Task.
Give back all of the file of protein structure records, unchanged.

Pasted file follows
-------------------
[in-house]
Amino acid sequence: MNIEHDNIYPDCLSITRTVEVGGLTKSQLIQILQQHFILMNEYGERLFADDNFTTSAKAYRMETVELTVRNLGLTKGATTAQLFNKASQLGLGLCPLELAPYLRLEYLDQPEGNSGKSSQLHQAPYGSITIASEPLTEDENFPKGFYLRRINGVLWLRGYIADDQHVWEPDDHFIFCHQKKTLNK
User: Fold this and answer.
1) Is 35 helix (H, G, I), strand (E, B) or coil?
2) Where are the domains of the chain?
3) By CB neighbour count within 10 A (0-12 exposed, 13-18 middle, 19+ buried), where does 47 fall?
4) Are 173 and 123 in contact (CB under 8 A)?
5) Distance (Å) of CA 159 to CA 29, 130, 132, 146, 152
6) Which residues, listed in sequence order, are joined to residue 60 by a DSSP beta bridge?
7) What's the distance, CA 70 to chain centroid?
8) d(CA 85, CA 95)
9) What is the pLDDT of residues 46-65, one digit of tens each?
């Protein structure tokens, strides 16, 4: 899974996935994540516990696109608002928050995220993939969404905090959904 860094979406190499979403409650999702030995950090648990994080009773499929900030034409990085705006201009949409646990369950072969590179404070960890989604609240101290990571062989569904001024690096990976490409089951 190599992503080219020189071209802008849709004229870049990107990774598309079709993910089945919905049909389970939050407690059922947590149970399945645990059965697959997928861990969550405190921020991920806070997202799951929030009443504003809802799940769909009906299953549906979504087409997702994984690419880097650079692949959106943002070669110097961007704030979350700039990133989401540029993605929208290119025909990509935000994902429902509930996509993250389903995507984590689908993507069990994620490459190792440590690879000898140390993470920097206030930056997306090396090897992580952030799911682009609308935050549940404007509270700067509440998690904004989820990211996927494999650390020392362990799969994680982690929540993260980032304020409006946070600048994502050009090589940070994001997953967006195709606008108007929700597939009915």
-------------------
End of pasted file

[in-house]
Amino acid sequence: MNIEHDNIYPDCLSITRTVEVGGLTKSQLIQILQQHFILMNEYGERLFADDNFTTSAKAYRMETVELTVRNLGLTKGATTAQLFNKASQLGLGLCPLELAPYLRLEYLDQPEGNSGKSSQLHQAPYGSITIASEPLTEDENFPKGFYLRRINGVLWLRGYIADDQHVWEPDDHFIFCHQKKTLNK
User: Fold this and answer.
1) Is 35 helix (H, G, I), strand (E, B) or coil?
2) Where are the domains of the chain?
3) By CB neighbour count within 10 A (0-12 exposed, 13-18 middle, 19+ buried), where does 47 fall?
4) Are 173 and 123 in contact (CB under 8 A)?
5) Distance (Å) of CA 159 to CA 29, 130, 132, 146, 152
6) Which residues, listed in sequence order, are joined to residue 60 by a DSSP beta bridge?
7) What's the distance, CA 70 to chain centroid?
8) d(CA 85, CA 95)
9) What is the pLDDT of residues 46-65, one digit of tens each?
């Protein structure tokens, strides 16, 4: 899974996935994540516990696109608002928050995220993939969404905090959904 860094979406190499979403409650999702030995950090648990994080009773499929900030034409990085705006201009949409646990369950072969590179404070960890989604609240101290990571062989569904001024690096990976490409089951 190599992503080219020189071209802008849709004229870049990107990774598309079709993910089945919905049909389970939050407690059922947590149970399945645990059965697959997928861990969550405190921020991920806070997202799951929030009443504003809802799940769909009906299953549906979504087409997702994984690419880097650079692949959106943002070669110097961007704030979350700039990133989401540029993605929208290119025909990509935000994902429902509930996509993250389903995507984590689908993507069990994620490459190792440590690879000898140390993470920097206030930056997306090396090897992580952030799911682009609308935050549940404007509270700067509440998690904004989820990211996927494999650390020392362990799969994680982690929540993260980032304020409006946070600048994502050009090589940070994001997953967006195709606008108007929700597939009915």